Wednesday, July 14, 2010

Book Review

While waiting for my new aquarium to cycle, I read. And read and read and read. I ordered a stack of books from Amazon, read them, highlighted them, and made outlines. Some books were better than others. So why should others have to reinvent the wheel? Here's my 2 cents (add some salt), for what it's worth:

1. Coral
The Reef & Marine Aquarium Magazine
By far, this one gives the most expert advice for anyone with a reef aquarium.
2. Aquarium Fish International (AFI)
Although not as specific as Coral, AFI gives good information, although if you're not into freshwater stuff, you have to weed through it.

3. Tropical Fish Hobbyist
So-so. Some good articles on corals, clownfish, etc. Also some freshwater stuff. Not bad.

1. The Simple Guide to Marine Aquariums
Jeff Kurtz
This book is very easy to read and not too overwhelming in detail, which can ward off many beginners. It has lots of simple charts and tables, making it easier to retain information. However, it can be a bit oversimplified at times. All-in-all, this is a great addition to your library since it gives a little info on just about everything, from acrylic vs. glass to zooanthids.

2. Marine Chemistry
CR Brightwell
A bit more advanced but a must-have for the serious aquarists library. It goes through every possible element in saltwater and what the parameters should be. It's definitely more of a resource book than a sit-down-to-enjoy-on-a-Sunday-night-by-the-fire book.

3. Corals
A Quick Reference Guide
Julian Sprung
This one is a very simple picture guide of some basic corals. There are very simplified charts of how much lighting each coral requires, where to place it in the tank, what it eats, how aggressive the coral is, and hardiness. My biggest gripe about this book is that it's a bit oversimplified. I had a hard time finding specifics on coral I purchased.

4. Aquarium Corals
Selection, Husbandry, and Natural History
Eric Norneman
I was hoping this book would give me more specifics on coral husbandry. Unfortunately, it was more of a coral biology textbook. If you want to learn more about the taxonomy and zoology of corals, this is the book for you. However, this is not so much of a how-to book.

5. Ultimate Marine Aquariums
Saltwater Dream Systems and How They are Created
Michael Paletta
This book is extremely inspiring and very fun to flip through. I love picking a page and drooling all over it as I read about Terry Siegel's 486-gallon reef aquarium from Provincetown, MA. It gives all the equipment used, water chemistry, and challenges overcome. It's neat to see how innovative others are when it comes to pumps and equipment (a jacuzzi pump? plumbing that runs to a 100-gallon sump in the basement or tool-shed outside?). I've heard it's getting outdated so my only complaint is that they should publish a new edition!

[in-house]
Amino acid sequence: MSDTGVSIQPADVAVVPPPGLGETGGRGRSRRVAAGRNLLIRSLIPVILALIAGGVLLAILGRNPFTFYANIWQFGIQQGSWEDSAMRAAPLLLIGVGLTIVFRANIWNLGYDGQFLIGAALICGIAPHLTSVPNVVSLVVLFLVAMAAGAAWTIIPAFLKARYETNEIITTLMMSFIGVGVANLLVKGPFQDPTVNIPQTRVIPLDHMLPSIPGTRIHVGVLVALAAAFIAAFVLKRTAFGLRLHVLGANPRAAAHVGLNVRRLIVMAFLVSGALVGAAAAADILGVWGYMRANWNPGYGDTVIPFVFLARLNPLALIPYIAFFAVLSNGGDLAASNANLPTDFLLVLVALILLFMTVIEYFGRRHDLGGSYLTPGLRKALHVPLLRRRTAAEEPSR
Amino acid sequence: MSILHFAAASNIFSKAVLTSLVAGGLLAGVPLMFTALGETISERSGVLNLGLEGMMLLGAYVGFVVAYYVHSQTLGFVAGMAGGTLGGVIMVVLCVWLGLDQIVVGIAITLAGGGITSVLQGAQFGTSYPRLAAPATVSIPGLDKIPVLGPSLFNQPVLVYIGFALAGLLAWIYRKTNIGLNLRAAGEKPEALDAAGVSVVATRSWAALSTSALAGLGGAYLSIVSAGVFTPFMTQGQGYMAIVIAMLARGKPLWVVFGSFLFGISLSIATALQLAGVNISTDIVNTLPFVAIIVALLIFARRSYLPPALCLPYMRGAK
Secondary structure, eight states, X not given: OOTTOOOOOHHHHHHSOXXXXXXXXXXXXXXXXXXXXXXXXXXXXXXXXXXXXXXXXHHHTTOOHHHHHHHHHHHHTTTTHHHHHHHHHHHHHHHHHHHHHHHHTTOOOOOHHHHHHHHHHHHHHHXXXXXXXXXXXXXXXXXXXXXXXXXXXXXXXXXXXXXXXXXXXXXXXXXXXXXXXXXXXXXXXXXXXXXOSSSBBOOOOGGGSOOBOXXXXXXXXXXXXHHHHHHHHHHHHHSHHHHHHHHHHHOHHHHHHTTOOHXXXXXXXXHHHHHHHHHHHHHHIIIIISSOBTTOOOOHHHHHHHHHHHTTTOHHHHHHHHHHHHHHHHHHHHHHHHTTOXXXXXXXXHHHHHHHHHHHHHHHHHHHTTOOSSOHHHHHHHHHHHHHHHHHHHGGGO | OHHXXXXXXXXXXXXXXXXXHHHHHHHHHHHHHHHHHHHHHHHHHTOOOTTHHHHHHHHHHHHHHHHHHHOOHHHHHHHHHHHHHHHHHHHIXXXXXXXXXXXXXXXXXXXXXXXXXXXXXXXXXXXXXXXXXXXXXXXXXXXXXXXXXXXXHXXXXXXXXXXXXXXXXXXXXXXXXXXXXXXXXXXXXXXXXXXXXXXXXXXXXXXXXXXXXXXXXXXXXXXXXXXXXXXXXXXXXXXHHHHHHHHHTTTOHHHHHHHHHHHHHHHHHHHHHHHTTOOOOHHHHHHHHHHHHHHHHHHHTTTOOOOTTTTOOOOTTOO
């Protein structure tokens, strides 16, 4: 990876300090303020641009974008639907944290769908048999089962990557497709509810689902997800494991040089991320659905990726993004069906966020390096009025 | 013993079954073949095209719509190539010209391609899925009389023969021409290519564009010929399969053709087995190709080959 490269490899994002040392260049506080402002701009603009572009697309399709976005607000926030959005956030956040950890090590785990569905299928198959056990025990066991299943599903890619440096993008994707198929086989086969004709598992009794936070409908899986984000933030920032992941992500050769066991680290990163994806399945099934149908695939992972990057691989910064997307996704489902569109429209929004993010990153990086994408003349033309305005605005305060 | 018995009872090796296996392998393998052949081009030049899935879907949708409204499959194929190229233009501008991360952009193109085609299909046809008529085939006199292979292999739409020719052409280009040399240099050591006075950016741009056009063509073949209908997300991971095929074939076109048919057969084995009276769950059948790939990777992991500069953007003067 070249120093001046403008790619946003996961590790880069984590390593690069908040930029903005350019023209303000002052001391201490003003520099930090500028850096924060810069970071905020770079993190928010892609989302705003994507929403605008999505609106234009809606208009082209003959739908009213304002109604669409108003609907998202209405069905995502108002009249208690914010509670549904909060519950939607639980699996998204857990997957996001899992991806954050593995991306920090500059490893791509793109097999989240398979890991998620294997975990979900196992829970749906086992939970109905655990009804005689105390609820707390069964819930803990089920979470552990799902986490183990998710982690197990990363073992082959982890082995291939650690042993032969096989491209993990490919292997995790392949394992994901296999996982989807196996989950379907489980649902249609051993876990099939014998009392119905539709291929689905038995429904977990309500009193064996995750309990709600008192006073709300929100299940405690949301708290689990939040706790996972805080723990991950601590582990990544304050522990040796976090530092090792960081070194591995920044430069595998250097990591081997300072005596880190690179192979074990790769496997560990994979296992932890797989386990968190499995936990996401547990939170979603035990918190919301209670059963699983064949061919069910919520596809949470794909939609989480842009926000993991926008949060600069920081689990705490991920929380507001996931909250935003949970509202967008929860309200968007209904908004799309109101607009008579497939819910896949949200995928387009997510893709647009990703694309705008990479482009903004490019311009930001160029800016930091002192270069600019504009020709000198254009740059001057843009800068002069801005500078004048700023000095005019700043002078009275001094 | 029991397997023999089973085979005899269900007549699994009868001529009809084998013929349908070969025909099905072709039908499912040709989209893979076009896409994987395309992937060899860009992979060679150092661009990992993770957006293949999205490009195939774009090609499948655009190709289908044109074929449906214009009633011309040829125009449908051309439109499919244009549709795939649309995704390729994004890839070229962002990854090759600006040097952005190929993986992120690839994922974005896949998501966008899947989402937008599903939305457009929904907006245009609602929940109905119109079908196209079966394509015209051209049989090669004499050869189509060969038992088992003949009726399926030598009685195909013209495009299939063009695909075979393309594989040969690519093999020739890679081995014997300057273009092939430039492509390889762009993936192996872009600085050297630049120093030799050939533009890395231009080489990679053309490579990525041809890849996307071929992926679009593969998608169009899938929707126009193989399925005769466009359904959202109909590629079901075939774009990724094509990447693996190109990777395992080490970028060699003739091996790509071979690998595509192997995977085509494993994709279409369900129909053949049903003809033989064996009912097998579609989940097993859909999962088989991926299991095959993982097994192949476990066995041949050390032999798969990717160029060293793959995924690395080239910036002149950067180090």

6. The Conscientious Marine Aquariust
A Commonsense Handbook for Successful Saltwater Hobbyists
Robbert Fenner
Hands-down, this book is a must-have. It was recommended to me by several other hobbyists, and now that I own it, I can see why. It gives very detailed, yet easy-to-read advice on everything. I especially like how Fenner discusses the ecological impact of keeping a reef aquarium and things hobbyists should keep in mind to lower her environmental footprint.

7. The New Marine Aquarium
Step-by-step Setup & Stocking Guide
Michael Paletta
This book is very simple but I absolutely loved it. It made everything very concise and easy to read. Other books made me feel completely overwhelmed but this one outlined everything in a very basic manner. However, if you want something more in-depth, this one probably won't be able to stand alone.

8. The Complete Idiot's Guide to Saltwater Aquariums
Mark Martin and Ret Talbot
This was the first book I read, and I almost lost hope of ever being able to successfully start an aquarium. I was completely overwhelmed with information. It was very detailed and somewhat convoluted. Why discuss outdated filter systems if they're not recommended? I would have preferred, instead, focusing on the systems that are recommended. Not my favorite.

9. Saltwater Aquariums for Dummies
Gregory Skomal
Again, this book was inundated with too much detail, some of it flat-out wrong. The only saving grace were some very helpful charts about water chemistry and routine aquarium maintenance. There are better ones out there than this. Who wants to weed out misinformation? For instance, you NEVER just float the new fish from the pet store in the tank to acclimate them!

10. Your First Marine Aquarium
John Tullock
Skip it. It simply does not give enough information. There's a few sentences about a smorgasboard of everything but not enough to really learn anything. This will just cause confusion.

11. The Complete Book of the Marine Aquarium
Vincent Hargreaves
This book very nicely categorizes many vertebrates and invertebrates with lots of pictures, a bit like an encylopedia of fish, coral, and other marine species. I like it as a reference guide in my library. It tries to give more basic info on aquarium husbandry but these chapters are very paltry, and I would have preferred the author stick to the encyclopedia format.

12. Marine Reef Aquarium Handbook
Robert Goldstein
The chapters on corals and inverts are the best but the others on water chemistry, aquarium set-up, and maintenance do not read easily and fail to give enough information. There are better books out there if you want a coral encyclopedia. Not worth it.

Happy reading!

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